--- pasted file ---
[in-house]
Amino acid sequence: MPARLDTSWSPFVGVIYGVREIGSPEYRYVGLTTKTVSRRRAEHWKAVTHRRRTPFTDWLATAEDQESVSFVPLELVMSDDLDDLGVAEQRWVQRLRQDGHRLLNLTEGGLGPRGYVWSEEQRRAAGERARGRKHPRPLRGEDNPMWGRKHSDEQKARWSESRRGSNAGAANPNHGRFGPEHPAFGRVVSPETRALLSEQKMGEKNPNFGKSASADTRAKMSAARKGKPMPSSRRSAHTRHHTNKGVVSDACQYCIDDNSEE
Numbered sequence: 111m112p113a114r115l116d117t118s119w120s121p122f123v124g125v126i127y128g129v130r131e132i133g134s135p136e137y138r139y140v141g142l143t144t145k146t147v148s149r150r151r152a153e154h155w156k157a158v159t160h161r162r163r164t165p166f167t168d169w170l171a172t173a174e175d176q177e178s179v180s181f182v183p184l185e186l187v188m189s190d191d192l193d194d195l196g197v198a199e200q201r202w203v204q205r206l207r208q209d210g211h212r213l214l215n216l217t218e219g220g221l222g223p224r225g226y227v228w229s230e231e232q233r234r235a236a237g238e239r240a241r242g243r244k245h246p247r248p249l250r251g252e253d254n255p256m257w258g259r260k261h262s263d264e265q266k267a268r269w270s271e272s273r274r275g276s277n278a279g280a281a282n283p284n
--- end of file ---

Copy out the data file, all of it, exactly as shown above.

[in-house]
Amino acid sequence: MPARLDTSWSPFVGVIYGVREIGSPEYRYVGLTTKTVSRRRAEHWKAVTHRRRTPFTDWLATAEDQESVSFVPLELVMSDDLDDLGVAEQRWVQRLRQDGHRLLNLTEGGLGPRGYVWSEEQRRAAGERARGRKHPRPLRGEDNPMWGRKHSDEQKARWSESRRGSNAGAANPNHGRFGPEHPAFGRVVSPETRALLSEQKMGEKNPNFGKSASADTRAKMSAARKGKPMPSSRRSAHTRHHTNKGVVSDACQYCIDDNSEE
Numbered sequence: 111m112p113a114r115l116d117t118s119w120s121p122f123v124g125v126i127y128g129v130r131e132i133g134s135p136e137y138r139y140v141g142l143t144t145k146t147v148s149r150r151r152a153e154h155w156k157a158v159t160h161r162r163r164t165p166f167t168d169w170l171a172t173a174e175d176q177e178s179v180s181f182v183p184l185e186l187v188m189s190d191d192l193d194d195l196g197v198a199e200q201r202w203v204q205r206l207r208q209d210g211h212r213l214l215n216l217t218e219g220g221l222g223p224r225g226y227v228w229s230e231e232q233r234r235a236a237g238e239r240a241r242g243r244k245h246p247r248p249l250r251g252e253d254n255p256m257w258g259r260k261h262s263d264e265q266k267a268r269w270s271e272s273r274r275g276s277n278a279g280a281a282n283p284n